Photo credit: MHT File Photo , Undated Photo

Property Name: Baltimore & Ohio Railroad Bridge, Antietam Creek
Date Listed: 11/23/1977
Inventory No.: WA-II-0437
Location: Osage Drive, Boonsboro, Washington County

Description: This timber trestle carries the Washington County branch of the Baltimore and Ohio Railroad, now part of CSX, over the ravine formed by the Antietam Creek northwest of Keedysville. The Washington County branch of the B & O is a spur which extends from Weverton at the main line on the Potomac River for 24 miles to Hagerstown. Construction of this section of railroad was completed in November of 1867. The wooden bridge, approximately 400' in length, is supported by a series of timber bents resting on concrete sills. The structure is joined with metal bolts. Abutments and piers are of coursed stone. It would appear that most or all of the original wooden timbers have been replaced. Although this spur line has been abandoned in recent years, the bridge is in good condition.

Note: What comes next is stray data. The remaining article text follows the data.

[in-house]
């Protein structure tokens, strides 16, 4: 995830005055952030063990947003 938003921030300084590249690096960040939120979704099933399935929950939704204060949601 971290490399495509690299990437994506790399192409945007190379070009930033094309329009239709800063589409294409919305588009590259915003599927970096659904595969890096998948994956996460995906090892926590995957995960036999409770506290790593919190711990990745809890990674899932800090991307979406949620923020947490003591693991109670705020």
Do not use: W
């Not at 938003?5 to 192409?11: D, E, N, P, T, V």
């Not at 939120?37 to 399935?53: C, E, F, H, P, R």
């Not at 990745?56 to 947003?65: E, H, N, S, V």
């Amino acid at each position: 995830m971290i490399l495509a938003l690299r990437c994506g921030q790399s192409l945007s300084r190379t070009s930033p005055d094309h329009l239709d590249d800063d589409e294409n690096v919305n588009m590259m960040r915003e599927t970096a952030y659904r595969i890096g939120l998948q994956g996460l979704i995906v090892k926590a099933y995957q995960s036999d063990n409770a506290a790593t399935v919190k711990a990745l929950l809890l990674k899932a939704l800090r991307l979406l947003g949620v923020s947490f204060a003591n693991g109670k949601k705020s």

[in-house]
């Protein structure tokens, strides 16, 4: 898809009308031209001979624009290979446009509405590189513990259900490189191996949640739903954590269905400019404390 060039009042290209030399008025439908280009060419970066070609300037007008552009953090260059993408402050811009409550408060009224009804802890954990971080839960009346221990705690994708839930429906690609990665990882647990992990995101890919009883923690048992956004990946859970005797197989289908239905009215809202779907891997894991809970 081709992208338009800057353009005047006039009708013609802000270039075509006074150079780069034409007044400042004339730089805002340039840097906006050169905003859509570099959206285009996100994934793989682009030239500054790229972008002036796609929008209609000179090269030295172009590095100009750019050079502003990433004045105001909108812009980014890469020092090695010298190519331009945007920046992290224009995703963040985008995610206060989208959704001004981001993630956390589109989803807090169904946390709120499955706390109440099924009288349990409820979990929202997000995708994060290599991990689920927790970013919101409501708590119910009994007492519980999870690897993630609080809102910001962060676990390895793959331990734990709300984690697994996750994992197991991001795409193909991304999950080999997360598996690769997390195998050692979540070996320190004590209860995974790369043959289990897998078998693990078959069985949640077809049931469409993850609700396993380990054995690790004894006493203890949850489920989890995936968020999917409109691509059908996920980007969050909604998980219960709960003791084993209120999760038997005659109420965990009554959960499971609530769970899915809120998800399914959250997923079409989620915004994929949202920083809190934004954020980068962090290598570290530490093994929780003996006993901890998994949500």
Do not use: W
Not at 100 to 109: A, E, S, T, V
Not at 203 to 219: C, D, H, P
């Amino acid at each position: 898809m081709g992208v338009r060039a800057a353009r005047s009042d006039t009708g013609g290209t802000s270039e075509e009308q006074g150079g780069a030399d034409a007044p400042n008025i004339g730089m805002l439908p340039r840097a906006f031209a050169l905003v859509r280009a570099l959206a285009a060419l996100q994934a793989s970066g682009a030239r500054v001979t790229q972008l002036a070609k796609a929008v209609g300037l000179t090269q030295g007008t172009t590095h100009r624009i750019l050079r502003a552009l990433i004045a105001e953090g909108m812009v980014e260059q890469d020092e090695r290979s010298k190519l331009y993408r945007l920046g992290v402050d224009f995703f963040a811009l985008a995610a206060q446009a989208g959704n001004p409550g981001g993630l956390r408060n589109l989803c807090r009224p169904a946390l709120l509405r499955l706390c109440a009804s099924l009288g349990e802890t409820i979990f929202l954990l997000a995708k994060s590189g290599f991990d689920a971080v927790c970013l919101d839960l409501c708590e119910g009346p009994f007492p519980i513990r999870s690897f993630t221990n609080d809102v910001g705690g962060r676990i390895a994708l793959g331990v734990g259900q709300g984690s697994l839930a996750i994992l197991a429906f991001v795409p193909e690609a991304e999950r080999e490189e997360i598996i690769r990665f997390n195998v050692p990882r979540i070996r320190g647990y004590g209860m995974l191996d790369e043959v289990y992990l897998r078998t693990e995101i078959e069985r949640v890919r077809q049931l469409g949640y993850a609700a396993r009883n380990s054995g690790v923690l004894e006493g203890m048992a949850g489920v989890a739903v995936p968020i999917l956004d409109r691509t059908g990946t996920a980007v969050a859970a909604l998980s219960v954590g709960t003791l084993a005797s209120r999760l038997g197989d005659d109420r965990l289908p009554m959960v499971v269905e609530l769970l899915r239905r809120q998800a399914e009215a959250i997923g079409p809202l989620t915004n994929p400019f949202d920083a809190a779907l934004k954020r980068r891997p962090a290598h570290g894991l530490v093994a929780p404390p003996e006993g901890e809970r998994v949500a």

Significance: The timber trestle which carries the Washington County branch of the B & O Railroad between two bluffs flanking the Antietam Creek is significant for its architecture, for the engineering expertise it displays, and for its contribution to commerce, communications, and transportation in Washington County for over 100 years. Nearly 400' in length, the trestle is known locally as one of the longest bridges on the B & O Railroad. It is unique in that it is believed to be the only timber trestle or "western type" bridge in Maryland and possibly in the eastern United States. Sometimes called "Long Bridge," the structure is part of a spur line which branched from the main B & O Railroad at Weverton near Harpers Ferry, West Virginia. Although a route was proposed form Harpers Ferry to Hagerstown shortly after the B & O opened its line along the Potomac River in 1834, the spur was not opened until after the Civil War. The track was first used on November 22, 1867, for a consignment of wheat sent to Baltimore. Prior to the opening of the Washington County Branch there was no direct rail service from Hagerstown to Baltimore. It was an important asset to farmers and manufacturers in Washington County who depended on rail transport of the crops and products.




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